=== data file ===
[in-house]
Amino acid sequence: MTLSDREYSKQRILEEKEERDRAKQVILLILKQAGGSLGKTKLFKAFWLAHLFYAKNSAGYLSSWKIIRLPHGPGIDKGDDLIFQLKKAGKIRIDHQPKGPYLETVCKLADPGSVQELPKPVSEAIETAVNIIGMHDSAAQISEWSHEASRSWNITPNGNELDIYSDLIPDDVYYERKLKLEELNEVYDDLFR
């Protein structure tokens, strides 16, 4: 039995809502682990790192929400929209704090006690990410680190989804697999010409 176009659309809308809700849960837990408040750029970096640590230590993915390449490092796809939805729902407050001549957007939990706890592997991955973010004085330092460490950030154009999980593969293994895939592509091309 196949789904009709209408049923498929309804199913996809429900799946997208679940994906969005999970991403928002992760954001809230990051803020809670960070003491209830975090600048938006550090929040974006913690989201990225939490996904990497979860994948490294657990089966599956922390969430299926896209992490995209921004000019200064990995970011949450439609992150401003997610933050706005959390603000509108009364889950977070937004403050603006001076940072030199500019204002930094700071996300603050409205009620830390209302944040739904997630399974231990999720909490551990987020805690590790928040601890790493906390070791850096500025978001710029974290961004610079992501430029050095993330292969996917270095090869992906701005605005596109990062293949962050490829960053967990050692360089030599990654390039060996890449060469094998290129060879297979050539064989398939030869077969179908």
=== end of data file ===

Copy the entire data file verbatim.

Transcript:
[in-house]
Amino acid sequence: MTLSDREYSKQRILEEKEERDRAKQVILLILKQAGGSLGKTKLFKAFWLAHLFYAKNSAGYLSSWKIIRLPHGPGIDKGDDLIFQLKKAGKIRIDHQPKGPYLETVCKLADPGSVQELPKPVSEAIETAVNIIGMHDSAAQISEWSHEASRSWNITPNGNELDIYSDLIPDDVYYERKLKLEELNEVYDDLFR
């Protein structure tokens, strides 16, 4: 039995809502682990790192929400929209704090006690990410680190989804697999010409 176009659309809308809700849960837990408040750029970096640590230590993915390449490092796809939805729902407050001549957007939990706890592997991955973010004085330092460490950030154009999980593969293994895939592509091309 196949789904009709209408049923498929309804199913996809429900799946997208679940994906969005999970991403928002992760954001809230990051803020809670960070003491209830975090600048938006550090929040974006913690989201990225939490996904990497979860994948490294657990089966599956922390969430299926896209992490995209921004000019200064990995970011949450439609992150401003997610933050706005959390603000509108009364889950977070937004403050603006001076940072030199500019204002930094700071996300603050409205009620830390209302944040739904997630399974231990999720909490551990987020805690590790928040601890790493906390070791850096500025978001710029974290961004610079992501430029050095993330292969996917270095090869992906701005605005596109990062293949962050490829960053967990050692360089030599990654390039060996890449060469094998290129060879297979050539064989398939030869077969179908």